If you have started reading more advanced material in Italian, such as newspapers or journals, you will certainly have come across the word bensì.
Composed of the words bene (good) and sì (yes), bensì is mainly used as a conjunction whose purpose is to introduce a statement that opposes or contradicts a previous statement. It is often translated as “but rather” or “on the contrary“.
In realtà lui non era affatto un professionista, bensì un dilettante.
He actually wasn’t a professional at all, but rather an amateur.
Some possible conjunctions that can substitute bensì in everyday spoken Italian include ma (but), invece (rather / instead) anzi (rather / in actual fact) and piuttosto (rather):
- In realtà non era affatto un professionista, ma un dilettante.
- In realtà non era affatto un professionista, ma invece un dilettante.
- In realtà non era affatto un professionista, ma piuttosto un dilettante.
- In realtà non era affatto un professionista, anzi era un dilettante.
In very rare cases, it can simply translate as but or however.
Molti lo davano per matto, alcuni bensì gli davano retta.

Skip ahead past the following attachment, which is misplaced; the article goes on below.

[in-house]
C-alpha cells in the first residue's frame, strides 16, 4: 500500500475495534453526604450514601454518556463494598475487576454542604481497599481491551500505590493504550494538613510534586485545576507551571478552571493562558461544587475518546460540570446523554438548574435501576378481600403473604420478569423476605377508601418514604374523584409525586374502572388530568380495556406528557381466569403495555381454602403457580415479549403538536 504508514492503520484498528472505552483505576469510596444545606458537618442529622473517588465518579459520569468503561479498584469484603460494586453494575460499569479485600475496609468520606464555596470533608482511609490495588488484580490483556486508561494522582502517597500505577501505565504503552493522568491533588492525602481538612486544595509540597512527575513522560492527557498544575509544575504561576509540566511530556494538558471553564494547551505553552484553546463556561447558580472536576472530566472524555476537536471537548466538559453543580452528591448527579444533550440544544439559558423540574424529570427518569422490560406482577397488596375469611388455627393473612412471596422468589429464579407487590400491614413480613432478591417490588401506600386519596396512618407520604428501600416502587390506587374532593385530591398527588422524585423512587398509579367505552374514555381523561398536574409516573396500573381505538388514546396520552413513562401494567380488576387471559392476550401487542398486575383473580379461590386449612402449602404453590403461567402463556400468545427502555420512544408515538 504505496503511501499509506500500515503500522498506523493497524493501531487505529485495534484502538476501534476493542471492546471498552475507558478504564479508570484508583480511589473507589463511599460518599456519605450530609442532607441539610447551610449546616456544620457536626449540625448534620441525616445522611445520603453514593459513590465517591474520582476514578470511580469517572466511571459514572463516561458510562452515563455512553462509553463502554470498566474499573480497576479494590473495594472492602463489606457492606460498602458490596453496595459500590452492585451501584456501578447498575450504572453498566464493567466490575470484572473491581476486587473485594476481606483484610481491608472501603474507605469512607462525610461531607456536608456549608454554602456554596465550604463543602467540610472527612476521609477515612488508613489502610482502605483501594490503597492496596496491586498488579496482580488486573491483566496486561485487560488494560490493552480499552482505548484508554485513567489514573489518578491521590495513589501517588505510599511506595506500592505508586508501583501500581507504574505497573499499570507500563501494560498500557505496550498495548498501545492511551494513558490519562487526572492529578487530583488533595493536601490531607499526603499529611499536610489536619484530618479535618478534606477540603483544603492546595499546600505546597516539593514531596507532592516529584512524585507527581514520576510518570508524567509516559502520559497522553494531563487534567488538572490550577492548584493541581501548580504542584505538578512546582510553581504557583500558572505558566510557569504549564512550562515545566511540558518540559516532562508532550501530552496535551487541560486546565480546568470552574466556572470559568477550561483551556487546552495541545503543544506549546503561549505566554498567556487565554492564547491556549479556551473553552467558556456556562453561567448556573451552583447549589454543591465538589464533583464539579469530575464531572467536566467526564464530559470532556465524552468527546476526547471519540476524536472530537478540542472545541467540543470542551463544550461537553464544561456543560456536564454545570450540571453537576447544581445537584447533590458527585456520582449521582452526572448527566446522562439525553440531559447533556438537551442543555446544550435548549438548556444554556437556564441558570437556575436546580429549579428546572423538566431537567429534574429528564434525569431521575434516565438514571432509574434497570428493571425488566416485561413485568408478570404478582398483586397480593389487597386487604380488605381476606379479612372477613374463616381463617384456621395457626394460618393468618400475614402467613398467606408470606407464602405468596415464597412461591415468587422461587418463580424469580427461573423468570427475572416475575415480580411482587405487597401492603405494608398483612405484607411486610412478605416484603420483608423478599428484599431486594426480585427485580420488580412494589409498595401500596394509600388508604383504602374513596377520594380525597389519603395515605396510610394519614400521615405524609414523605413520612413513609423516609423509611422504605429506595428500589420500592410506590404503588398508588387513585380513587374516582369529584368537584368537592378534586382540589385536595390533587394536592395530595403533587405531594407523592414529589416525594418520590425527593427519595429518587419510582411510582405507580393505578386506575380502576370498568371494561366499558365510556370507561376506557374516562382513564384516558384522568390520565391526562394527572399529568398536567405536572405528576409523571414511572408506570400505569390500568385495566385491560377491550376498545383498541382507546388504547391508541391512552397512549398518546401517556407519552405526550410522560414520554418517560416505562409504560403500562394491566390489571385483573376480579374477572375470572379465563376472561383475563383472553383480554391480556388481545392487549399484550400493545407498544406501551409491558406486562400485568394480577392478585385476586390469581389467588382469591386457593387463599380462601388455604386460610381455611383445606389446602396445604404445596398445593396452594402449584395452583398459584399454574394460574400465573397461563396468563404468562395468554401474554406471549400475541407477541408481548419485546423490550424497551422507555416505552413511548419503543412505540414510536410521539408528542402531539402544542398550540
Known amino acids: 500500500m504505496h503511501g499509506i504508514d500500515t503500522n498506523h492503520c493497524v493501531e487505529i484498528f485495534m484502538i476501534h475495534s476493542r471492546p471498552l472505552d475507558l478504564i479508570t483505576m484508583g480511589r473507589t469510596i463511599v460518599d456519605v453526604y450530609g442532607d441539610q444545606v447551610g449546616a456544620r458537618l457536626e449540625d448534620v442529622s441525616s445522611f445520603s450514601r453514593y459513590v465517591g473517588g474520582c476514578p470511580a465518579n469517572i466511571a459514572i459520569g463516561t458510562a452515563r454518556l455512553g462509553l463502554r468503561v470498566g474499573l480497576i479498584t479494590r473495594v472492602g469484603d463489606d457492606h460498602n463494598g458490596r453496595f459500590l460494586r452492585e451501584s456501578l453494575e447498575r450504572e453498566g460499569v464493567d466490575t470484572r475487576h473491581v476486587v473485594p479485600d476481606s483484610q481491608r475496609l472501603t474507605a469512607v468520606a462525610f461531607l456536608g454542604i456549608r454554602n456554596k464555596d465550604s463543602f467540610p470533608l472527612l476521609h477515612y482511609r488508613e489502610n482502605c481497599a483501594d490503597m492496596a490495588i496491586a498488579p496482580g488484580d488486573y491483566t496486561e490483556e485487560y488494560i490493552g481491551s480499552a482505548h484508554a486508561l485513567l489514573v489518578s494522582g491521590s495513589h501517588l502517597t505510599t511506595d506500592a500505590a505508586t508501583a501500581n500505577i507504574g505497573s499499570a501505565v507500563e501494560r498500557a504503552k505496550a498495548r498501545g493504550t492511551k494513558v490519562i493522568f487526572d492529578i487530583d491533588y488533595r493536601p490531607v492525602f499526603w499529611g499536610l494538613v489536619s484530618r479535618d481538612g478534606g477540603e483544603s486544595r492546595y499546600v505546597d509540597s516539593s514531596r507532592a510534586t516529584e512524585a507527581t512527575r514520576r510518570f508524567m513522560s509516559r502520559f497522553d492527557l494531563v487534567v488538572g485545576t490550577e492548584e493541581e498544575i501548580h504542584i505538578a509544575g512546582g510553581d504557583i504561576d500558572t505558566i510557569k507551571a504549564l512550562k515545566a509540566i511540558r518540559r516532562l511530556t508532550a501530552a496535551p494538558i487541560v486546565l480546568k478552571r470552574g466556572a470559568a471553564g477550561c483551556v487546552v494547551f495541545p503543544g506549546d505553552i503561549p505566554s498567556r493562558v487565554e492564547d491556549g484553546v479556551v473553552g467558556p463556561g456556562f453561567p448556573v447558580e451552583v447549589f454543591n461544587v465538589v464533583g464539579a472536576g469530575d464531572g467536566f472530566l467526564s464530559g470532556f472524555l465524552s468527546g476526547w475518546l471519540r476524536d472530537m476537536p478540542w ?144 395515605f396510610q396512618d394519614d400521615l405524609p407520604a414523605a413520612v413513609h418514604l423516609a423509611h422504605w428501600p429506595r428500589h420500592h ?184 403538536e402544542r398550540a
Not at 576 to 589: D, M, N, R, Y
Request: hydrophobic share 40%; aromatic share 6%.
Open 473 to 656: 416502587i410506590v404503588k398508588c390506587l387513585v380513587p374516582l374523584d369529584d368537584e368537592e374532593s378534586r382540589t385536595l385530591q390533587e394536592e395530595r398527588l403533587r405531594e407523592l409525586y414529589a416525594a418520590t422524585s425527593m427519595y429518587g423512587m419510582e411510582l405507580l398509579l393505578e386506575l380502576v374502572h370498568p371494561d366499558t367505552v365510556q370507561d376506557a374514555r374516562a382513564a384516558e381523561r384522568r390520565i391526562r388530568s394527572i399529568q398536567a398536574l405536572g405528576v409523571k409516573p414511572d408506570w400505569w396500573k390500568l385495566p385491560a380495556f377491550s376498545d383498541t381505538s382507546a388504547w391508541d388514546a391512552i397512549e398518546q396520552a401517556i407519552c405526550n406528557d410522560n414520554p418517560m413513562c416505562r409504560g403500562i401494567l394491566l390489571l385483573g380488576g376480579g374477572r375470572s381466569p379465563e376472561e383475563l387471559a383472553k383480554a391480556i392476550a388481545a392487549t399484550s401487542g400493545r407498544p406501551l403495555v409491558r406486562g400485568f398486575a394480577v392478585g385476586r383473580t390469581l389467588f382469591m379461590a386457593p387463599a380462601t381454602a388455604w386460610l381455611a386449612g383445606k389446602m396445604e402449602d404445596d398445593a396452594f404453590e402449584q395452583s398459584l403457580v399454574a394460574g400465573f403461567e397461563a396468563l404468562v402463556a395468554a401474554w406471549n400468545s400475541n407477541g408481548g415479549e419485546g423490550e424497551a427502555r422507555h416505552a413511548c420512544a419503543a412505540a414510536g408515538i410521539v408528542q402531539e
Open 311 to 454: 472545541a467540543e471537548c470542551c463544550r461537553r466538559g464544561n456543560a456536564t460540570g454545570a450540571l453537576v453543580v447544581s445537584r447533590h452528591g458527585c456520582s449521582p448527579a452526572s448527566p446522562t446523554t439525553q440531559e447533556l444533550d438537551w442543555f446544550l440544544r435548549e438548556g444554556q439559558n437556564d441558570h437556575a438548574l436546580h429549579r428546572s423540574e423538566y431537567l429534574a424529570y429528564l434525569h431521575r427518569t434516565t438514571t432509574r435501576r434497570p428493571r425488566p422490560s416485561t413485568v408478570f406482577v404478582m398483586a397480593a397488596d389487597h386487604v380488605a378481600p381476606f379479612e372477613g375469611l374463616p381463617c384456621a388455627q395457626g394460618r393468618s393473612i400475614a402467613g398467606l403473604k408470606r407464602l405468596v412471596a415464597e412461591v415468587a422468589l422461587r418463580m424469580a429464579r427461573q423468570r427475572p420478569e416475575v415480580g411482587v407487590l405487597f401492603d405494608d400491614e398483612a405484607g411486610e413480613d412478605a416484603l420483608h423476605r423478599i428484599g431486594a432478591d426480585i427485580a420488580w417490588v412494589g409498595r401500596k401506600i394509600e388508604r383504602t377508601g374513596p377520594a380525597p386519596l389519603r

Many thought he was crazy, but some paid attention to him.
In archaic Italian, the word bensì has an additional usage as an emphatic way of expressing agreement or affirmation, similar to saying sì (yes) with added emphasis. When used in this manner, bensì functions as an adverb rather than a conjunction. In English, it can be translated as certainly, absolutely, or definitely. It’s important to note that in modern Italian, this particular usage of bensì is considered outdated and is rarely used in contemporary conversation.
È bensì vero che sono stanco, ma voglio venire ugualmente.
It is absolutely true that I’m tired, but I want to come all the same.
Heather Broster is a graduate with honours in linguistics from the University of Western Ontario. She is an aspiring polyglot, proficient in English and Italian, as well as Japanese, Welsh, and French to varying degrees of fluency. Originally from Toronto, Heather has resided in various countries, notably Italy for a period of six years. Her primary focus lies in the fields of language acquisition, education, and bilingual instruction.